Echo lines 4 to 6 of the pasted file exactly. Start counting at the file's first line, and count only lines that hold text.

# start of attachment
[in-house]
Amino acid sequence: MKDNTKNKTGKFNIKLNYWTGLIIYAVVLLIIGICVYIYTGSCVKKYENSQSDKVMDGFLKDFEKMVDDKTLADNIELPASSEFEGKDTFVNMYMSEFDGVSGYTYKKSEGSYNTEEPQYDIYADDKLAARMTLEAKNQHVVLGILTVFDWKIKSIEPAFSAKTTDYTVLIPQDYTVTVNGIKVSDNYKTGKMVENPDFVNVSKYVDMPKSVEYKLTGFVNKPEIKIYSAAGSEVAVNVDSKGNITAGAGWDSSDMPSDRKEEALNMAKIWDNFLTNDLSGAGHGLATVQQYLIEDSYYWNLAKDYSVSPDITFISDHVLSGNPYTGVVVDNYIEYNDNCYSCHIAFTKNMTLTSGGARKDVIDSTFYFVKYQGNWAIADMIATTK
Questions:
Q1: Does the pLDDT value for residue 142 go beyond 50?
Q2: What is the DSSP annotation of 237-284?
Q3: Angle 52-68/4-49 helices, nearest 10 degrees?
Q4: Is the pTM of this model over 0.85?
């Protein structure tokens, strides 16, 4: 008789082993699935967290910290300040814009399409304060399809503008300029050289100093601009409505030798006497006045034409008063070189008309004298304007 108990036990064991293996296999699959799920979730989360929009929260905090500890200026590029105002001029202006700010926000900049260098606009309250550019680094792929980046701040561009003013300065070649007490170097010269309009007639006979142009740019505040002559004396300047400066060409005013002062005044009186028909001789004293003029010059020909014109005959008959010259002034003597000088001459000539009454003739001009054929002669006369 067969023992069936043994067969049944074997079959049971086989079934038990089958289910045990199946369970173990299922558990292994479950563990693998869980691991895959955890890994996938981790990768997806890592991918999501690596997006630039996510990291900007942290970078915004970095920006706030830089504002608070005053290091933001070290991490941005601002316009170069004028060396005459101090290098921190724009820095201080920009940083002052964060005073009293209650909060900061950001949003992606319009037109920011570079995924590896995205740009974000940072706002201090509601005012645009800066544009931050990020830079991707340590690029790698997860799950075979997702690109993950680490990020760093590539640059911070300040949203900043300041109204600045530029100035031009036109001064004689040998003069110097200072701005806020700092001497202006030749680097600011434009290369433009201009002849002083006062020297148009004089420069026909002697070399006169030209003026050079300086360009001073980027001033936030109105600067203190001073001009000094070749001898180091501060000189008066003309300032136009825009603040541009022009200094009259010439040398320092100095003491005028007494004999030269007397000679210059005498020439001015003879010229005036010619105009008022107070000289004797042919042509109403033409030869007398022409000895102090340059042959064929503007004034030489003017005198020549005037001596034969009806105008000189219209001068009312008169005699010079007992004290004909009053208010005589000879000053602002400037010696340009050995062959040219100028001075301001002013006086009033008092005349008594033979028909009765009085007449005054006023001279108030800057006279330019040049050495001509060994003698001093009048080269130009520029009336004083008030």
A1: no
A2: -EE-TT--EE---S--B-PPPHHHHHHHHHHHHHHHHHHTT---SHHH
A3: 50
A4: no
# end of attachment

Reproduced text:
Q1: Does the pLDDT value for residue 142 go beyond 50?
Q2: What is the DSSP annotation of 237-284?
Q3: Angle 52-68/4-49 helices, nearest 10 degrees?